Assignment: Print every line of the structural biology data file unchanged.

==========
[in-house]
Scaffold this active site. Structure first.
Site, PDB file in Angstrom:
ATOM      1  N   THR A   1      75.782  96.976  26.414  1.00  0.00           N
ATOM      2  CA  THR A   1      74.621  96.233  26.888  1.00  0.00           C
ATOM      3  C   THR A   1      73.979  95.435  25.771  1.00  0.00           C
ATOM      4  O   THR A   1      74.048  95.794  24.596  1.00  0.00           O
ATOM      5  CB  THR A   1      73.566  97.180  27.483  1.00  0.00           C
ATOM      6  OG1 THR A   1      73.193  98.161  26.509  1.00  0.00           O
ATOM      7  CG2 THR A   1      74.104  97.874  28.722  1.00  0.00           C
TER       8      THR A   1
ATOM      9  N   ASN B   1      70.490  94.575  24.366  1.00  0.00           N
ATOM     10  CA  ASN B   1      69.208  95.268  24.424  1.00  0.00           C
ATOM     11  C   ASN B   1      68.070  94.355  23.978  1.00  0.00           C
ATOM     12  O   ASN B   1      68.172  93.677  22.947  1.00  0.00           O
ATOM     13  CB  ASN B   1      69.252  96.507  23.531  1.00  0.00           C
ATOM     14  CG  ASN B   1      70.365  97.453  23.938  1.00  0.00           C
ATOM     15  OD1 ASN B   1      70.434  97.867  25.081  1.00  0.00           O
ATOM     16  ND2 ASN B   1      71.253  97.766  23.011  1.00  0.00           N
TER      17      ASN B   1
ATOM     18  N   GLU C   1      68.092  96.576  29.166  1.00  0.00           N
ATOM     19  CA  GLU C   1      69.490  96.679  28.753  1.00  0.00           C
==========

[in-house]
Scaffold this active site. Structure first.
Site, PDB file in Angstrom:
ATOM      1  N   THR A   1      75.782  96.976  26.414  1.00  0.00           N
ATOM      2  CA  THR A   1      74.621  96.233  26.888  1.00  0.00           C
ATOM      3  C   THR A   1      73.979  95.435  25.771  1.00  0.00           C
ATOM      4  O   THR A   1      74.048  95.794  24.596  1.00  0.00           O
ATOM      5  CB  THR A   1      73.566  97.180  27.483  1.00  0.00           C
ATOM      6  OG1 THR A   1      73.193  98.161  26.509  1.00  0.00           O
ATOM      7  CG2 THR A   1      74.104  97.874  28.722  1.00  0.00           C
TER       8      THR A   1
ATOM      9  N   ASN B   1      70.490  94.575  24.366  1.00  0.00           N
ATOM     10  CA  ASN B   1      69.208  95.268  24.424  1.00  0.00           C
ATOM     11  C   ASN B   1      68.070  94.355  23.978  1.00  0.00           C
ATOM     12  O   ASN B   1      68.172  93.677  22.947  1.00  0.00           O
ATOM     13  CB  ASN B   1      69.252  96.507  23.531  1.00  0.00           C
ATOM     14  CG  ASN B   1      70.365  97.453  23.938  1.00  0.00           C
ATOM     15  OD1 ASN B   1      70.434  97.867  25.081  1.00  0.00           O
ATOM     16  ND2 ASN B   1      71.253  97.766  23.011  1.00  0.00           N
TER      17      ASN B   1
ATOM     18  N   GLU C   1      68.092  96.576  29.166  1.00  0.00           N
ATOM     19  CA  GLU C   1      69.490  96.679  28.753  1.00  0.00           C